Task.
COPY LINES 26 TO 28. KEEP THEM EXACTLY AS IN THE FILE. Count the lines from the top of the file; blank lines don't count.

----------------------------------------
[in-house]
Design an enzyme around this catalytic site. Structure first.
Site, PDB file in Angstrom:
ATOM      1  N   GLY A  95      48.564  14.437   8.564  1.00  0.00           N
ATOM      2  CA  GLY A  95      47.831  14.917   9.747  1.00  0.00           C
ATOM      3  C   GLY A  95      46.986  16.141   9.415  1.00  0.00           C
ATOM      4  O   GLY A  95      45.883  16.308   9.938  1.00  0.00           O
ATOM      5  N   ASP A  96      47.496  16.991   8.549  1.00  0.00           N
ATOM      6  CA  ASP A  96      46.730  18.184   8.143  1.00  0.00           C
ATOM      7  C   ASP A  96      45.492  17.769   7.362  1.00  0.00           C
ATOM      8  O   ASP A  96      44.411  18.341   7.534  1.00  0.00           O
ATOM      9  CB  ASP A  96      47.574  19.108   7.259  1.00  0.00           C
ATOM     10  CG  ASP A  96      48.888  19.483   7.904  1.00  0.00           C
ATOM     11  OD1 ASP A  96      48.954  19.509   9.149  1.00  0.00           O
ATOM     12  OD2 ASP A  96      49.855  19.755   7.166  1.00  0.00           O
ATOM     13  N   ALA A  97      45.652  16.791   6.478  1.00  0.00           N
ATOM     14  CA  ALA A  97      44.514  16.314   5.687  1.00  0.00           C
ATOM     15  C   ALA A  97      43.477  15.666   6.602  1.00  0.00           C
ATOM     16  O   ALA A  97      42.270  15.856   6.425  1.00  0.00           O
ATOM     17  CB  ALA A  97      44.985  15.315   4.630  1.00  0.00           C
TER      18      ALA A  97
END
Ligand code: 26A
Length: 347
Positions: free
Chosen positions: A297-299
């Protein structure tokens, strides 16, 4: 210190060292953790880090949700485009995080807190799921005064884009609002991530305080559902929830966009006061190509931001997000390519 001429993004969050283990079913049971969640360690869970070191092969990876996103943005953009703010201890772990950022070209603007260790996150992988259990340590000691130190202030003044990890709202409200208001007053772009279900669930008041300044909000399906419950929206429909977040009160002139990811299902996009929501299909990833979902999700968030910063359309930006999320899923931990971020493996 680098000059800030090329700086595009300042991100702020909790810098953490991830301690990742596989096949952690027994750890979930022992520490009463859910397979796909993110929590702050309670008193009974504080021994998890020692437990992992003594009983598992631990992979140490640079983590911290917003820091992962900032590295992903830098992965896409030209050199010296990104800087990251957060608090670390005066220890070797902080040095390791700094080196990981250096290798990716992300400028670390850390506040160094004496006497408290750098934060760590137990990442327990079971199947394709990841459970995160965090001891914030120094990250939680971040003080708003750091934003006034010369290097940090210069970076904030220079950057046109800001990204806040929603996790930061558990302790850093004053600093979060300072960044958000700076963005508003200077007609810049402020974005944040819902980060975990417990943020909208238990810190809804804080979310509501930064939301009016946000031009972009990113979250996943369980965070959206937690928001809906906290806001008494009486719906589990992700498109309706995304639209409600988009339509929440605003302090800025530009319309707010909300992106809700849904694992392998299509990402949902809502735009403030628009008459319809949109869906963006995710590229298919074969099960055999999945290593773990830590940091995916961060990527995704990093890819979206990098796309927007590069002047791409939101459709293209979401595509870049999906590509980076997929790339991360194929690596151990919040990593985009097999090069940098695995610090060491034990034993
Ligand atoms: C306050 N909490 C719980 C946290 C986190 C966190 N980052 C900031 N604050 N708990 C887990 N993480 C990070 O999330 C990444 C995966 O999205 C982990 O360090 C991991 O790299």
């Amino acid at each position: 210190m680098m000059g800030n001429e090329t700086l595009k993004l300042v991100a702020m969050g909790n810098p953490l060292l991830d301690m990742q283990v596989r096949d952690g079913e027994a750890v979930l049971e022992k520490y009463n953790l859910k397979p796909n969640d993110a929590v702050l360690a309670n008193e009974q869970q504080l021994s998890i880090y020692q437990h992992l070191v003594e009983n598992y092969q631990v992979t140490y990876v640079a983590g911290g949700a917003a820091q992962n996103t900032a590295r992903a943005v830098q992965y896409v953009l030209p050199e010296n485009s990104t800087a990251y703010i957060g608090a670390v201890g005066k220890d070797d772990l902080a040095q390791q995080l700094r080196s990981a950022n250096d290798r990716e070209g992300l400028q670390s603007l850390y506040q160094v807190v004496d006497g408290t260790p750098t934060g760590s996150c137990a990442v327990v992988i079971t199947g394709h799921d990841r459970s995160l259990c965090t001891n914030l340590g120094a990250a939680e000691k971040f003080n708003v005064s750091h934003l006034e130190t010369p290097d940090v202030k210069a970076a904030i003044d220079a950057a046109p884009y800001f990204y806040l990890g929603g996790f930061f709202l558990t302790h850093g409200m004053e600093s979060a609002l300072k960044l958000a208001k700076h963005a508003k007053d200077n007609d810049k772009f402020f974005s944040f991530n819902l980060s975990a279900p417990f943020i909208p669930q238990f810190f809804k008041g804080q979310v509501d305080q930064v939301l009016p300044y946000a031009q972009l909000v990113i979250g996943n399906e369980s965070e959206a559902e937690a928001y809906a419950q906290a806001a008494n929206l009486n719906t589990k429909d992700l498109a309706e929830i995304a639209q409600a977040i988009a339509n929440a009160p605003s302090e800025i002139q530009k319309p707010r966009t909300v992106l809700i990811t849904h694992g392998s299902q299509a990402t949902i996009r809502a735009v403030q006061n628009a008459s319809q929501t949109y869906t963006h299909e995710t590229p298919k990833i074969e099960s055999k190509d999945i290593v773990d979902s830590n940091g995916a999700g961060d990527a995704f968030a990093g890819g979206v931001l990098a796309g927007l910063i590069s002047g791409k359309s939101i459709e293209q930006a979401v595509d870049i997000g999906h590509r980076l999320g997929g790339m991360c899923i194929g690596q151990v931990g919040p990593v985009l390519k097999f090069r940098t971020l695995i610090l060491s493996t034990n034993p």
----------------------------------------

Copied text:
Chosen positions: A297-299
């Protein structure tokens, strides 16, 4: 210190060292953790880090949700485009995080807190799921005064884009609002991530305080559902929830966009006061190509931001997000390519 001429993004969050283990079913049971969640360690869970070191092969990876996103943005953009703010201890772990950022070209603007260790996150992988259990340590000691130190202030003044990890709202409200208001007053772009279900669930008041300044909000399906419950929206429909977040009160002139990811299902996009929501299909990833979902999700968030910063359309930006999320899923931990971020493996 680098000059800030090329700086595009300042991100702020909790810098953490991830301690990742596989096949952690027994750890979930022992520490009463859910397979796909993110929590702050309670008193009974504080021994998890020692437990992992003594009983598992631990992979140490640079983590911290917003820091992962900032590295992903830098992965896409030209050199010296990104800087990251957060608090670390005066220890070797902080040095390791700094080196990981250096290798990716992300400028670390850390506040160094004496006497408290750098934060760590137990990442327990079971199947394709990841459970995160965090001891914030120094990250939680971040003080708003750091934003006034010369290097940090210069970076904030220079950057046109800001990204806040929603996790930061558990302790850093004053600093979060300072960044958000700076963005508003200077007609810049402020974005944040819902980060975990417990943020909208238990810190809804804080979310509501930064939301009016946000031009972009990113979250996943369980965070959206937690928001809906906290806001008494009486719906589990992700498109309706995304639209409600988009339509929440605003302090800025530009319309707010909300992106809700849904694992392998299509990402949902809502735009403030628009008459319809949109869906963006995710590229298919074969099960055999999945290593773990830590940091995916961060990527995704990093890819979206990098796309927007590069002047791409939101459709293209979401595509870049999906590509980076997929790339991360194929690596151990919040990593985009097999090069940098695995610090060491034990034993
Ligand atoms: C306050 N909490 C719980 C946290 C986190 C966190 N980052 C900031 N604050 N708990 C887990 N993480 C990070 O999330 C990444 C995966 O999205 C982990 O360090 C991991 O790299």